Plant Stress & Proline

In his 1995 State of the Union speech, President Bill Clinton highlighted a USDA program addressing plant stress as an example of wasteful “pet project” government spending. We knew then, and know even more now, that plant stress is a very significant yield-and-quality-robbing factor in agricultural crops to which little attention has been paid.

Test tubes in a row of plant proline samples

Samples ready for instrument analysis. Even without precision and absolute instrument analysis, comparative differences in proline (plant stress) levels can be clearly seen.

We try to optimize fertility, irrigation, weed and pest management practices to achieve the best production under the constraints of environment and economics. However, it has become clear that plant stress comes from everything we try to control; it is additive and it can be cumulative — resulting in loss of yield and quality potential.

For the grower, visual detection of plant stress often comes too late to do anything more than damage control by preventing further loss of yields and quality for the season. One visually obvious “too late” example is dropped squares and bolls in cotton. Another is shed flowers and pods or a predominance of two and three-bean pods in soybeans if stress is present early on, or empty pods if stress occurs later.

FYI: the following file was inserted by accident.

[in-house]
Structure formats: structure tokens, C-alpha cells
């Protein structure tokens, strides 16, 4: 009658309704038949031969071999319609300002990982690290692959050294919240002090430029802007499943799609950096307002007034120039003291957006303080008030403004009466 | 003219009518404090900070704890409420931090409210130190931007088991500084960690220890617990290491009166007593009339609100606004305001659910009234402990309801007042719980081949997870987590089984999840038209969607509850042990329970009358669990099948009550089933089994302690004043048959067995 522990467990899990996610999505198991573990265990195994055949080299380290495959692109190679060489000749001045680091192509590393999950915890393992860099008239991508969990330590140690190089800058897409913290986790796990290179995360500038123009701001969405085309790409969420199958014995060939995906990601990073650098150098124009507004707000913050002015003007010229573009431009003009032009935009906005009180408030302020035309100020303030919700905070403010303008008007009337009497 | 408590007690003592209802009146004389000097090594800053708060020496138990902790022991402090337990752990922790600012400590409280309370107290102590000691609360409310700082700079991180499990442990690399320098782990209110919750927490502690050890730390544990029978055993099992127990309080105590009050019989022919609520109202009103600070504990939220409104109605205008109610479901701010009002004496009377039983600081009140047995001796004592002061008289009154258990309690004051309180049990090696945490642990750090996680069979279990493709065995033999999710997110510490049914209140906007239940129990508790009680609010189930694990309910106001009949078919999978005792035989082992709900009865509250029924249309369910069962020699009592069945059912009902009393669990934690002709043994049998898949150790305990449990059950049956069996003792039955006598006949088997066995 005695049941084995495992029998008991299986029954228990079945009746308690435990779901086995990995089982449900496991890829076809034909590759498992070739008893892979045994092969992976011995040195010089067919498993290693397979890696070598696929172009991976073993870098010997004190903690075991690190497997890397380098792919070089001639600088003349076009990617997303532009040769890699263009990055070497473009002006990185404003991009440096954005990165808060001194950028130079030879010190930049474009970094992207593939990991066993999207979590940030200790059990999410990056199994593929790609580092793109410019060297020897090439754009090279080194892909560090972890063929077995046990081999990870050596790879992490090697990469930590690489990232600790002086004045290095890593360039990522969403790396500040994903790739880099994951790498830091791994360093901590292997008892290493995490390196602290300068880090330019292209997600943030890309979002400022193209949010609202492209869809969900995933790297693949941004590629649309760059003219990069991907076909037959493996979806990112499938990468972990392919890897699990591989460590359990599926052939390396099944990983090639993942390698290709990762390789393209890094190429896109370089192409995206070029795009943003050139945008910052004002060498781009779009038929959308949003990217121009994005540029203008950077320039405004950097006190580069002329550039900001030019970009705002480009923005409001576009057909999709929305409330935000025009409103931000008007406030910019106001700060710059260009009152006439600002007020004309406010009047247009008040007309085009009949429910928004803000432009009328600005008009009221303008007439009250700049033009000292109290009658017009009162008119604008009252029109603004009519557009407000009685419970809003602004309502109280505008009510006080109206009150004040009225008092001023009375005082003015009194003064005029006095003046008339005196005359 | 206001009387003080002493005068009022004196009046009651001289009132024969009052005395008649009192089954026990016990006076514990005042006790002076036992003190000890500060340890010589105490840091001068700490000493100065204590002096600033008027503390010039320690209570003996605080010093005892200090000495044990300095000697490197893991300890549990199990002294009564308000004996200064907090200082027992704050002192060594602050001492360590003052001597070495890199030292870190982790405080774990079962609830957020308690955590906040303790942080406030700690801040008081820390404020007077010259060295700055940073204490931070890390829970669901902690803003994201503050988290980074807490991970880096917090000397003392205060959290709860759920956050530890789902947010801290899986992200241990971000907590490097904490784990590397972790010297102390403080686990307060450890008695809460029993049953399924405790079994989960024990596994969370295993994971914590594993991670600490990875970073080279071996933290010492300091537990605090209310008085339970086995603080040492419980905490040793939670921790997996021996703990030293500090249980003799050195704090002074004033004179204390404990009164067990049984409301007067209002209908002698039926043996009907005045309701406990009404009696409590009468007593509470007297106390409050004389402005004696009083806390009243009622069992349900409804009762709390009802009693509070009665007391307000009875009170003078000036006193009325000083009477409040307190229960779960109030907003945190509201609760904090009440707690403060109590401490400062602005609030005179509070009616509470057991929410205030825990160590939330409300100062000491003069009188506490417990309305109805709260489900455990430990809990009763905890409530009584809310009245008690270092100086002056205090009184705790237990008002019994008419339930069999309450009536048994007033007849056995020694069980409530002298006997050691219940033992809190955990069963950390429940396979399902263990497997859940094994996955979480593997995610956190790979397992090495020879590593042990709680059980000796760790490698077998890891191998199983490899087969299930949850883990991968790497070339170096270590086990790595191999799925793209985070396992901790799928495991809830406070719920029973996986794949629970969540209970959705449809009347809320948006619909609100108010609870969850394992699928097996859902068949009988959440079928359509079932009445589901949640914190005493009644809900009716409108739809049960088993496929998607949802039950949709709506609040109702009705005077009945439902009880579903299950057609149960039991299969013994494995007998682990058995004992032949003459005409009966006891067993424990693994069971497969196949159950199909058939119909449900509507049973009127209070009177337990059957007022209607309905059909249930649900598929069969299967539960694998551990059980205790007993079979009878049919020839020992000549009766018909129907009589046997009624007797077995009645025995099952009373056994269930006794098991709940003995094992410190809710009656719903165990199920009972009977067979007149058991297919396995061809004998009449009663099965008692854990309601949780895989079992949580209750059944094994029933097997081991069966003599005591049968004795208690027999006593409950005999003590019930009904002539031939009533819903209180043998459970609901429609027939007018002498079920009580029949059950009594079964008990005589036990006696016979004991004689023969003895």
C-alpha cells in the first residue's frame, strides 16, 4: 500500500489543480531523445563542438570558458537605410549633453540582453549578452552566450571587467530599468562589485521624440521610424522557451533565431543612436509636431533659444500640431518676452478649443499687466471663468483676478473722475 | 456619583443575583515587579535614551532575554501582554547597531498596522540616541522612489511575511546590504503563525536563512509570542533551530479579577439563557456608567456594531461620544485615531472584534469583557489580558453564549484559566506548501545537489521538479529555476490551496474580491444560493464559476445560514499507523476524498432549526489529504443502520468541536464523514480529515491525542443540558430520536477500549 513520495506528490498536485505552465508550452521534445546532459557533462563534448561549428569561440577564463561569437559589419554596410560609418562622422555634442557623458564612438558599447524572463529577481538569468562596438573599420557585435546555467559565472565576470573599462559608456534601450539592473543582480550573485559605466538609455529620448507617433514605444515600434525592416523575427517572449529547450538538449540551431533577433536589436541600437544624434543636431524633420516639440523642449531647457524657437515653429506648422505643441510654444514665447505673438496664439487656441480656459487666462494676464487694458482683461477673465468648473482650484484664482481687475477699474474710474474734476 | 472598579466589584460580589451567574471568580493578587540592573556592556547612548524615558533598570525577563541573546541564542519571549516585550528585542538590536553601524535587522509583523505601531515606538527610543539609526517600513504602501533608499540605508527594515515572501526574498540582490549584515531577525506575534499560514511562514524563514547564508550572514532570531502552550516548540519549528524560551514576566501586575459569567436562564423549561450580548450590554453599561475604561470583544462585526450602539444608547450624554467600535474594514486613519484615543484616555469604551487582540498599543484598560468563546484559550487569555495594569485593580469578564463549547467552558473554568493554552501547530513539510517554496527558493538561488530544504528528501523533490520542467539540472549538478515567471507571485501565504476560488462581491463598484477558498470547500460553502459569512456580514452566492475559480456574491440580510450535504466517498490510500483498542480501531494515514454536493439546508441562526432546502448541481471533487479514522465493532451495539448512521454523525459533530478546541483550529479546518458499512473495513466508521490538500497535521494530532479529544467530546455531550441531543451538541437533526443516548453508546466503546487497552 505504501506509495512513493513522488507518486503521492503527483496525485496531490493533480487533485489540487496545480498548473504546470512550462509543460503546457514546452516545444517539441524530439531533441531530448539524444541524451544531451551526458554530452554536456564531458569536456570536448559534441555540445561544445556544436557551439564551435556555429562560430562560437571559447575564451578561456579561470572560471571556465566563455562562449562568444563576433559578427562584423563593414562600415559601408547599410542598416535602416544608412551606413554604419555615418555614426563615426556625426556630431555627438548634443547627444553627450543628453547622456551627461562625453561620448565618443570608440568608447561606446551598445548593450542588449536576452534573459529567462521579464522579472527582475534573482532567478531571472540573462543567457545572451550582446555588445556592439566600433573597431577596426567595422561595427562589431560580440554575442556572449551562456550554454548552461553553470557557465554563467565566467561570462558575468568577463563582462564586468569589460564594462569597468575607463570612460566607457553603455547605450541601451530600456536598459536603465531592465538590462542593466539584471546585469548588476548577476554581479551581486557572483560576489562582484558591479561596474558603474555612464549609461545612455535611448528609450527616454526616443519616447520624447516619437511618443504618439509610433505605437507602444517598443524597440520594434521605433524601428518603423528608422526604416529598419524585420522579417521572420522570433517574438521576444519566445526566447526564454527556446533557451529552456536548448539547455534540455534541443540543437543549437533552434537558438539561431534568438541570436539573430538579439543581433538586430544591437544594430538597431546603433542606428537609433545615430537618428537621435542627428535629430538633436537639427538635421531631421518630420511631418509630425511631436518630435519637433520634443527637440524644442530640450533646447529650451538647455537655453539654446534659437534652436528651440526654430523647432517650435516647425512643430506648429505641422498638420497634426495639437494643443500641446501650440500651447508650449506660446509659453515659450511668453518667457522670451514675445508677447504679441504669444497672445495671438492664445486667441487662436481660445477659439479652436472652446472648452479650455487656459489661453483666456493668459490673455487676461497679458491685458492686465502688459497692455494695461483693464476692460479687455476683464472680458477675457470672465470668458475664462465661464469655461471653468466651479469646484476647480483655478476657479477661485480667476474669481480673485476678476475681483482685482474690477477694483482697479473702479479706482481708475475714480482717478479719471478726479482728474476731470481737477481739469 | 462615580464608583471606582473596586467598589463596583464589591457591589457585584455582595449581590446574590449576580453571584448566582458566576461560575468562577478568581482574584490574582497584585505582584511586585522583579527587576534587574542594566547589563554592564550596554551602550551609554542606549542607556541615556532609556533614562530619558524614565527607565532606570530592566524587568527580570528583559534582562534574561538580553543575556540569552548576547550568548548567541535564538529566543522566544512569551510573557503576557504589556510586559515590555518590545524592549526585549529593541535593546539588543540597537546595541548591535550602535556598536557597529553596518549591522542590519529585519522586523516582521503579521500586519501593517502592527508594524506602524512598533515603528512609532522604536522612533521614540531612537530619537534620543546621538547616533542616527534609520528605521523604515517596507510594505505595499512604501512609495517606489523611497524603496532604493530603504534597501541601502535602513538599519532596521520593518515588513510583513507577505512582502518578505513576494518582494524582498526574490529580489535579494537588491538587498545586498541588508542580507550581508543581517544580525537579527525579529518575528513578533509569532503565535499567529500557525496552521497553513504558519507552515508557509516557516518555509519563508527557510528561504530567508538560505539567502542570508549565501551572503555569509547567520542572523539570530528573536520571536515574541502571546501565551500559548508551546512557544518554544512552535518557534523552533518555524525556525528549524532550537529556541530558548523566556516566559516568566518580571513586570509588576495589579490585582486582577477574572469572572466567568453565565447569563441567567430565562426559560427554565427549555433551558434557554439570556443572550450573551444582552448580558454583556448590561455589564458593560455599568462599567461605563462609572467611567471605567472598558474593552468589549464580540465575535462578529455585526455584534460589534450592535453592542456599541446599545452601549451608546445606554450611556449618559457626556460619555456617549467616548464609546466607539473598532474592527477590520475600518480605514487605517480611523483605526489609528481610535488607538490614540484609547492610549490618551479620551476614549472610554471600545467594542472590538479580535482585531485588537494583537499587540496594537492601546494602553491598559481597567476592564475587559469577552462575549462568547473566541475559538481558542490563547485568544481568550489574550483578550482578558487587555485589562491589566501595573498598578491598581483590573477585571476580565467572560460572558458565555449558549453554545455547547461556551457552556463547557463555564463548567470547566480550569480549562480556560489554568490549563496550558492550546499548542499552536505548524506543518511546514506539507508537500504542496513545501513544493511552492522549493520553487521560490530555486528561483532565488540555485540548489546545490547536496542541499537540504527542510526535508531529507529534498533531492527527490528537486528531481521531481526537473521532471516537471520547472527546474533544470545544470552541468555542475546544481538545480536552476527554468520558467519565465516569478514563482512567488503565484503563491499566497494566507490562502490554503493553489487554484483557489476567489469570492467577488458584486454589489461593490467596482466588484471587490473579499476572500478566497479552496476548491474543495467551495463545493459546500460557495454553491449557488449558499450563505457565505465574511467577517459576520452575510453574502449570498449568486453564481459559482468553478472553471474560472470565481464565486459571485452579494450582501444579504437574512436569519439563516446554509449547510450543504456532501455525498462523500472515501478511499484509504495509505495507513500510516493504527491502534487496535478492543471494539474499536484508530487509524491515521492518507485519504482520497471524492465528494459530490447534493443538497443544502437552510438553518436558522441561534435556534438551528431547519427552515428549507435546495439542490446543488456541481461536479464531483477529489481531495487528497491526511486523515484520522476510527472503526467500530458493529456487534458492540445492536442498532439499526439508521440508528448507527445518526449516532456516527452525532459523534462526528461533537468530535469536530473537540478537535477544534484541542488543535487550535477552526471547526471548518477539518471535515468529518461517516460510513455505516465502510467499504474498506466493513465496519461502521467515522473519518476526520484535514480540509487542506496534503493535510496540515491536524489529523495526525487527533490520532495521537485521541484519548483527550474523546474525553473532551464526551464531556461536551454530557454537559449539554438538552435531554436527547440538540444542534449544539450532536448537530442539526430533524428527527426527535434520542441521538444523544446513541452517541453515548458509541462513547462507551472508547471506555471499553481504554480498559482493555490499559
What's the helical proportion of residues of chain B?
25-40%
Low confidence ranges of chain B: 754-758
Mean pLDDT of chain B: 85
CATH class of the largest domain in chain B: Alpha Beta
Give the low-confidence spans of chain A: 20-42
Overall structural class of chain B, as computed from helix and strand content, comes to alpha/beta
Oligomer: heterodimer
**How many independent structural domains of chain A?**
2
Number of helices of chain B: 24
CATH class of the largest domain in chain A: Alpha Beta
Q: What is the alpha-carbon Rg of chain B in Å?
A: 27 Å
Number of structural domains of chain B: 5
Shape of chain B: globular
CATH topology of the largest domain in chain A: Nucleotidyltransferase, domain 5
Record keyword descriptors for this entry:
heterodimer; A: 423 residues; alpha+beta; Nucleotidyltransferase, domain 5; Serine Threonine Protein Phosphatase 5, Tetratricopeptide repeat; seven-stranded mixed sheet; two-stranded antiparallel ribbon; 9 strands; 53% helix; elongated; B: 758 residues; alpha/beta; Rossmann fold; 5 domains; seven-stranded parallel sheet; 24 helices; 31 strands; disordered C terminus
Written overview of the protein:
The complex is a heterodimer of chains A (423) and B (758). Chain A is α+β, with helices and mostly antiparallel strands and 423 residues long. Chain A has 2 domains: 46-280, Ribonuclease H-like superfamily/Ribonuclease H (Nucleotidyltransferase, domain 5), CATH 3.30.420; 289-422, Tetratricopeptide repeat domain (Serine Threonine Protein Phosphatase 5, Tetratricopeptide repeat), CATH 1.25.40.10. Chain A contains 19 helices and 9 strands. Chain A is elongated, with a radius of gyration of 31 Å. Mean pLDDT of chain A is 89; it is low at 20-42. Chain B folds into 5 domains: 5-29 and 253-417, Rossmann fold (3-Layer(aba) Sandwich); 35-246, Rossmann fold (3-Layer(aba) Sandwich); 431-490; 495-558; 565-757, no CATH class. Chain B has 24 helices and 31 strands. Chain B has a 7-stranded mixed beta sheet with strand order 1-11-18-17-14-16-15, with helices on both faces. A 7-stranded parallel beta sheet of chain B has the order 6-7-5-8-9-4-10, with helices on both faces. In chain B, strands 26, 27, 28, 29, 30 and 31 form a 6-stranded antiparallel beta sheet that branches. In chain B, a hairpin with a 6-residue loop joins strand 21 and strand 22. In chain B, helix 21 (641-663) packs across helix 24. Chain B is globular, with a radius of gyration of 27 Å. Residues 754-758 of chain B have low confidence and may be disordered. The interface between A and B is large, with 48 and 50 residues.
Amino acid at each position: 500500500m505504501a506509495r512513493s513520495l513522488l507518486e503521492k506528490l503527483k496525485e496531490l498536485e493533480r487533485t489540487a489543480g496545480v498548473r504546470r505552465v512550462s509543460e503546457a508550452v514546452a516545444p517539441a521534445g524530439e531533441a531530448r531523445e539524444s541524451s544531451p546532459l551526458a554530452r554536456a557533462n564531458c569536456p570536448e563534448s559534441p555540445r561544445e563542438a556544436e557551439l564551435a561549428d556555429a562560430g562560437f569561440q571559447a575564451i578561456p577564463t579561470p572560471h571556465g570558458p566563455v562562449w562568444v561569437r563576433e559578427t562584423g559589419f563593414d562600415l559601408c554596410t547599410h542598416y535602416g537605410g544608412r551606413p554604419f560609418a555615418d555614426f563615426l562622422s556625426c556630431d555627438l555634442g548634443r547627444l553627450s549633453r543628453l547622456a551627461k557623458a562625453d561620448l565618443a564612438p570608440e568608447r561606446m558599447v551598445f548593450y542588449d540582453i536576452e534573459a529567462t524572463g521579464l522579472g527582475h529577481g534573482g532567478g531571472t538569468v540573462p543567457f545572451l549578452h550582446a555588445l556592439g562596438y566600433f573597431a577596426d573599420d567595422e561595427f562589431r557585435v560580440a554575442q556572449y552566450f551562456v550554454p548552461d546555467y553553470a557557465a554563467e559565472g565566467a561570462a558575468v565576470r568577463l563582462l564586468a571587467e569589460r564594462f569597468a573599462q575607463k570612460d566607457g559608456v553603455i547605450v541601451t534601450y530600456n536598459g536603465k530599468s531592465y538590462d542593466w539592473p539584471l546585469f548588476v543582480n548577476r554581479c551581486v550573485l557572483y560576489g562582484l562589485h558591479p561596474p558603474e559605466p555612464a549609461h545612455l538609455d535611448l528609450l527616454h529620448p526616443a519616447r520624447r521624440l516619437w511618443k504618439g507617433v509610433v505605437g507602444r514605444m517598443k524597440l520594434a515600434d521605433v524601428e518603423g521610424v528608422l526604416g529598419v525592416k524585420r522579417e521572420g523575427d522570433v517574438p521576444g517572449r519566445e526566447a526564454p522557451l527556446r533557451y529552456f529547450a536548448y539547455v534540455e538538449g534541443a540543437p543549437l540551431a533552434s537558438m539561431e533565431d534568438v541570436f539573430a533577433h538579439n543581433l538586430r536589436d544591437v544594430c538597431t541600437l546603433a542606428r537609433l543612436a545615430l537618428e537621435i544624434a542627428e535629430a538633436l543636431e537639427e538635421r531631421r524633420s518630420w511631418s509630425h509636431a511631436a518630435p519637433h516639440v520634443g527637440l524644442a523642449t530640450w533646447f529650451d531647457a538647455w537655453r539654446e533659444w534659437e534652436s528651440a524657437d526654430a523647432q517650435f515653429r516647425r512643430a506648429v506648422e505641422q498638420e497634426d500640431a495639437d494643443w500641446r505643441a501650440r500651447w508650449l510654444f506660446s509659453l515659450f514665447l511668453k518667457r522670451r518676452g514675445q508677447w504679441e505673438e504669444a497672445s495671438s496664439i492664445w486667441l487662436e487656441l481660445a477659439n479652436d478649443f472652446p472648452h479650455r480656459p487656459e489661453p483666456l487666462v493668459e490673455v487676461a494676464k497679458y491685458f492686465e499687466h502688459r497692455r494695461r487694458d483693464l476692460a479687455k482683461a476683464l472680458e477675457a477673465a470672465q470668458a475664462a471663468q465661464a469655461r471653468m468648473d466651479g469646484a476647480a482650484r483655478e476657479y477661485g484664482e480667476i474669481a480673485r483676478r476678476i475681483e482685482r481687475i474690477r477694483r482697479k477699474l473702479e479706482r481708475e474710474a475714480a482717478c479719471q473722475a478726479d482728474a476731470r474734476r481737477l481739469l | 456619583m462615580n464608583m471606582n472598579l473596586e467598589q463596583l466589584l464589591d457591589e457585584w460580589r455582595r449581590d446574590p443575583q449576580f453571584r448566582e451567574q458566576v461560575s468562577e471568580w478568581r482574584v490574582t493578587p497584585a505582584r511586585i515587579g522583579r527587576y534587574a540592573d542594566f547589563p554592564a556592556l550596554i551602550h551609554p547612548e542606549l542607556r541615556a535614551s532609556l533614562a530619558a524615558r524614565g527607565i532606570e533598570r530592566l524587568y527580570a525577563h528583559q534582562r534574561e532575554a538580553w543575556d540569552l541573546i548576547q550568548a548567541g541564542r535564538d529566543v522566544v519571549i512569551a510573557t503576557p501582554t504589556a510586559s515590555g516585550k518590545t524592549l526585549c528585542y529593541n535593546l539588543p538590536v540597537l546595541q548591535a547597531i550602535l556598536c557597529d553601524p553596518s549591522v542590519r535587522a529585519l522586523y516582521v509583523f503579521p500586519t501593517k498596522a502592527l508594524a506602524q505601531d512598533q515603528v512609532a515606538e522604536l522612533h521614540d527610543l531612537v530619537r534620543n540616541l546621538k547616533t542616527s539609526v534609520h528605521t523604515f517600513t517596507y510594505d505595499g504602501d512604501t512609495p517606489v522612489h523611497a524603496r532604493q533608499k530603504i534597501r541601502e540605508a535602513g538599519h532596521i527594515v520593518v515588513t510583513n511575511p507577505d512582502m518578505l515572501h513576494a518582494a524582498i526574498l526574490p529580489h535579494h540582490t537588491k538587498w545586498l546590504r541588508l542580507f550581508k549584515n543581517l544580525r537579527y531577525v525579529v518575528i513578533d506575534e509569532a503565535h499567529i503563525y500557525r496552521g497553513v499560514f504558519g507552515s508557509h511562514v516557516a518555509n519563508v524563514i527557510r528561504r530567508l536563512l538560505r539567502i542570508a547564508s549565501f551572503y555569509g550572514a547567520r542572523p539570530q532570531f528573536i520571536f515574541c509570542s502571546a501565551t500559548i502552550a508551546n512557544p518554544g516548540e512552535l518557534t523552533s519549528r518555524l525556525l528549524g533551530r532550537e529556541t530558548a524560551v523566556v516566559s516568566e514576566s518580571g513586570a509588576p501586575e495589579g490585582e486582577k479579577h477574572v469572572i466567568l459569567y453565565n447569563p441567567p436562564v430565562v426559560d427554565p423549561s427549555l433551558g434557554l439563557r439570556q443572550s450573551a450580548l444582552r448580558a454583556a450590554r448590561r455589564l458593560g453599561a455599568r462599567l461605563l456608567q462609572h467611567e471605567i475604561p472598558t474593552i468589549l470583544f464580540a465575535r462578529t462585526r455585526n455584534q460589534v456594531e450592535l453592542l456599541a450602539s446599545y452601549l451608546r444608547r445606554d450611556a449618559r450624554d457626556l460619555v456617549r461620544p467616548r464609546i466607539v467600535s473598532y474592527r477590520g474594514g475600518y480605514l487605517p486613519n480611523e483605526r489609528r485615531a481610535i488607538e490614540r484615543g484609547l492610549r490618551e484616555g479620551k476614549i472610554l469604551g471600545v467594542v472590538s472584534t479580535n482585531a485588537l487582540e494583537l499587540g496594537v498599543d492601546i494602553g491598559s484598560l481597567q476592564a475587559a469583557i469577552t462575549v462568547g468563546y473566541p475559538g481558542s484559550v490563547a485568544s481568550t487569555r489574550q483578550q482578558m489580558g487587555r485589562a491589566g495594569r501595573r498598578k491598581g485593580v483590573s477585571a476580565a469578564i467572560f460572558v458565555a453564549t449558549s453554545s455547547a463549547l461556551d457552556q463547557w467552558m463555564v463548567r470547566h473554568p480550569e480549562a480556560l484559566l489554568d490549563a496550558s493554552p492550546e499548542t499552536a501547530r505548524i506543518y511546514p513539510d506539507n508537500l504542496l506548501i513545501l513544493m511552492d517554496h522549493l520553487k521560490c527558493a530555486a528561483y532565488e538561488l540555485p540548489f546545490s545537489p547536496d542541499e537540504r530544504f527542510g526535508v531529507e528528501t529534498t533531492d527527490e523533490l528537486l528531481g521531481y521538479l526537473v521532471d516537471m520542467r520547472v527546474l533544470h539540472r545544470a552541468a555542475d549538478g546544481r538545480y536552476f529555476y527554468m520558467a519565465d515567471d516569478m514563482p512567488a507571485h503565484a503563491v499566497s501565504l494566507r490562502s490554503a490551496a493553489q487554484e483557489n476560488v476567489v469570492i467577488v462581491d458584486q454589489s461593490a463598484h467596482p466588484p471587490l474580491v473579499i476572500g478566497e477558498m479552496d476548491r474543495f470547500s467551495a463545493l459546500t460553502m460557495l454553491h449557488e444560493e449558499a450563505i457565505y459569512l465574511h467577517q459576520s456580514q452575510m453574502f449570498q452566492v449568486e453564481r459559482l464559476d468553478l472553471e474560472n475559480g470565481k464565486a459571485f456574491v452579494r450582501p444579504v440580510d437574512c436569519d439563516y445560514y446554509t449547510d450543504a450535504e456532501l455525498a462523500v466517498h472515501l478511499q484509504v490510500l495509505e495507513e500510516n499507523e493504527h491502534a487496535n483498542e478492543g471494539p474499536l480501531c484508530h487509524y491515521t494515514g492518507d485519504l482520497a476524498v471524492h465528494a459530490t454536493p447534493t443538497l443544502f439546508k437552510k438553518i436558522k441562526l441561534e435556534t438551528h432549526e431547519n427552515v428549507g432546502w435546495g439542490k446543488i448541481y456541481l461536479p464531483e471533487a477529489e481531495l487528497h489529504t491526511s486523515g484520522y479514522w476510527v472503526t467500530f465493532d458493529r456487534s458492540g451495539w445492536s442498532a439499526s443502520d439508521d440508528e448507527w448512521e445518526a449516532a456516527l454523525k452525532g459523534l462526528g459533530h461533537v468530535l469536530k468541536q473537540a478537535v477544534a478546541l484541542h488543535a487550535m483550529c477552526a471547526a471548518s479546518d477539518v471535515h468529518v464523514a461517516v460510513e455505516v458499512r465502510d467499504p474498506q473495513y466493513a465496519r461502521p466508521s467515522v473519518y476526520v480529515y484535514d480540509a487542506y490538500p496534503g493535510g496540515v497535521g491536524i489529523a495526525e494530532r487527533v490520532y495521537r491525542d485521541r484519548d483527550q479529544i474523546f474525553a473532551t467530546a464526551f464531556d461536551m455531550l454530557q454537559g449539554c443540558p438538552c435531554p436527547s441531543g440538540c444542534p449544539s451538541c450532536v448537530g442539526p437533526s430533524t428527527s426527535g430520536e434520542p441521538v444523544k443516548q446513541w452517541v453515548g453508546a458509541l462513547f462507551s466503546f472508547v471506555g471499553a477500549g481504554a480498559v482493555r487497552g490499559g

In plant health, as in human health, there are signs, although they may not be obvious, that stress is present. The trick is in detecting and interpreting those signs – ideally, before they can be seen. This is evidenced by many of us having annual physical check-ups and blood (in the case of plants, sap) tests to detect “hidden” problems. Certain biological signals accumulate in the plant during periods of stress. They are produced in response to environmental stresses such as water, light, temperature and salinity. Their appearance signals that something is hindering normal plant growth and development with consequent loss of yields and quality.

One of the common stress molecules in plants is proline. Proline is an amino acid normally produced during protein production. In times of stress, plants over-produce this molecule which can be measured with whole leaf analysis. Elevated proline indicates stress responses have been initiated by the plant. The excess proline stimulates metabolic changes in the plant to cope with the stress.

However, proline is not only a signal but also directly helps maintain internal cell turgor, preventing electrolyte losses by supporting good osmotic balance. Proline also reduces the undesirable reactive oxygen species molecules (ROS) which, in times of stress, can overcome the natural ability of plants to dispose of these harmful molecules that are normally produced during metabolism.

Good crop nutrition is fundamental to warding off harmful effects of environmental stresses. Therefore, proline is both a plant stress response and a signal. Increased proline production allows a plant to marshal its physiology to accommodate the stress. But generally, the internal changes the plant makes to manage stress reduce its productivity in favor of survival advantage.